For the past 25 years, the hospitals have rotated printing the card with one year MetroHealth then the next year University Hospital and finally Cleveland Clinic accepting the cost of printing.  Even during the recession and downturn when some of the hospitals were making huge cutbacks, they still maintained their commitment to this important publication.  It is one of the most important sheets of information for those who do not have a smart phone or easy access to a computer.  Chris Abood, the director of Community Partnership and Employee Engagement, gave a list of the services that they provide to homeless, underserved and disabled and said, “In short, urban Cleveland has been the focus for many years and our range of services, at no charge and above and beyond health care, are substantial.”  This leaves the Coalition without a way to print the 10,000 copies of the double sided Street Card so late in the year.   NEOCH wishes that the Clinic would have told us back in June that they did not have the funds to print the Street Card so we would have had an extra three months to search for a new donor. 

It typically only costs $900 to print the Street Card, but some of the hospitals do it internally and then we just pick up the finished product when they are done.  We thank the entity that prints the Street Card by adding their logo to the Card and thank them on our website.  The card is so valuable to direct homeless people to local health clinics and not to the emergency room.  The Street Card helps low income people find a local hot meal program, and can help find a warm place out of the cold.  We need your help to print the 2015-16 version of the Street Card.  Contact Brian Davis at the Homeless Coalition if you want to help.

by Brian Davis

Posts reflect the opinion of those who sign the entry


Thanks for the Pink Tie but How About Funds for Women's Health

Rep. Tim Walberg (R-Mich.) thought it helpful to say that “I’m wearing a pink tie in solidarity with women’s health issues.” Commentary in the  Washington Post by Dana Milbank

Yesterday there was a show of "support" for women with the choice of a "female friendly" and unmanly choice of wardrobe in the political theatre known as a Congressional hearing.  Supporters of Planned Parenthood were diverted to an overflow room in their pink shirts so that a bunch of suits could fill the front rows with scowls of disapproval on their faces.  This seems weird since the pink shirt crowd could compliment the pink ties worn by the Congressman from Michigan.  This all seems like political theatre and there are so many more important issues that our elected officials could be working on to show solidarity with women's health.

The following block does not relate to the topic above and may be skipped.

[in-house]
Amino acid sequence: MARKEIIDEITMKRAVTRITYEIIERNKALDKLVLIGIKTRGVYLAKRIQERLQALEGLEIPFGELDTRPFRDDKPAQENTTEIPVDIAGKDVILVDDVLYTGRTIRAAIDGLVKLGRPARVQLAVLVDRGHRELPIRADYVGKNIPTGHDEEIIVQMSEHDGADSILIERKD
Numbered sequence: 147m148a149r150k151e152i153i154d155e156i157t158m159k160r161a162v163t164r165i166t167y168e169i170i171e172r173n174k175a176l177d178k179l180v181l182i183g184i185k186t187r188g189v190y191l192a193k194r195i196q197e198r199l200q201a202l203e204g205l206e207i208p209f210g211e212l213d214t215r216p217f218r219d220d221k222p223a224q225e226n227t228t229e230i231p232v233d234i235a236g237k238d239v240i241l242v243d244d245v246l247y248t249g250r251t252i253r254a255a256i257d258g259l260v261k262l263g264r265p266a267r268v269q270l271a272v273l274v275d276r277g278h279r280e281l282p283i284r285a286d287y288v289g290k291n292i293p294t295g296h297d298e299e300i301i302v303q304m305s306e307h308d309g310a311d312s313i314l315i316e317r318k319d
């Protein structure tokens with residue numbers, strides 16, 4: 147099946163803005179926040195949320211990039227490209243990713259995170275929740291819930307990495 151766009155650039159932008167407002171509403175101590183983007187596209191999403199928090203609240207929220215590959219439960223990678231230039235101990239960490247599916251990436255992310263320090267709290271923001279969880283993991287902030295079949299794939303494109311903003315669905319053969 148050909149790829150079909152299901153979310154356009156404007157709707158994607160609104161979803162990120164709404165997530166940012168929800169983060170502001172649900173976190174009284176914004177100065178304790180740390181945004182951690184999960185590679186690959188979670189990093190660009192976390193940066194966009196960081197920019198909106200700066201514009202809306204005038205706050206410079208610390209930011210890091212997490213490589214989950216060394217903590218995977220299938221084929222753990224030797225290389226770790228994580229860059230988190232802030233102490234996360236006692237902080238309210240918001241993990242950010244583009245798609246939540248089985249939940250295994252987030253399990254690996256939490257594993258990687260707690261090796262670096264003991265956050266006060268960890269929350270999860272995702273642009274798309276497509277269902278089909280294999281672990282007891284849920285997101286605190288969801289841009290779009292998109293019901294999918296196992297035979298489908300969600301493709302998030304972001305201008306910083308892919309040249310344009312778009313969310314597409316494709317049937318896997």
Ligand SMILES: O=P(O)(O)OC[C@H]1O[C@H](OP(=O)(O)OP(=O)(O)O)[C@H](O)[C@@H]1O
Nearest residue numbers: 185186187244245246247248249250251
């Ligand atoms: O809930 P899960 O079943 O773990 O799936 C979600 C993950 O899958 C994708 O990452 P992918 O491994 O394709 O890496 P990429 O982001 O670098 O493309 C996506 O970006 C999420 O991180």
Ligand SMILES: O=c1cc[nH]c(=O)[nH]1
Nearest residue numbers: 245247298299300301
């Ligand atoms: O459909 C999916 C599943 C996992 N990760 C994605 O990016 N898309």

1. Family homelessness is on the rise and they need the strength of the federal government behind solving this problem.  It is too big of a problem for the local or state government and it certainly unhealthy to be homeless.
  2. Additional funding needs to go health care clinics especially in rural and segregated urban communities.  We need to keep reaching out to women and children with more affordable options for health care.
  3. The Congress should direct the states that have refused to expand Medicaid to stop playing politics with their people's health.  Why are 20 states still not allowing the modest income population suffer?
  4. We need to put more people put to work to improve the health of America.  The Congress needs to pass a transportation bill to put people back to work improving our infrastructure with good jobs that has health care.
  5. We need more affordable housing created in this country to begin to reduce the homeless population because housing is healthcare. 
  6. We could use some resolution of the high cost of prescription drugs in our society.  Why are the costs of life sustaining medicine so high in the United States compared to everywhere else in the world. 

Brian Davis

Posts reflect the opinion of those who sign the post.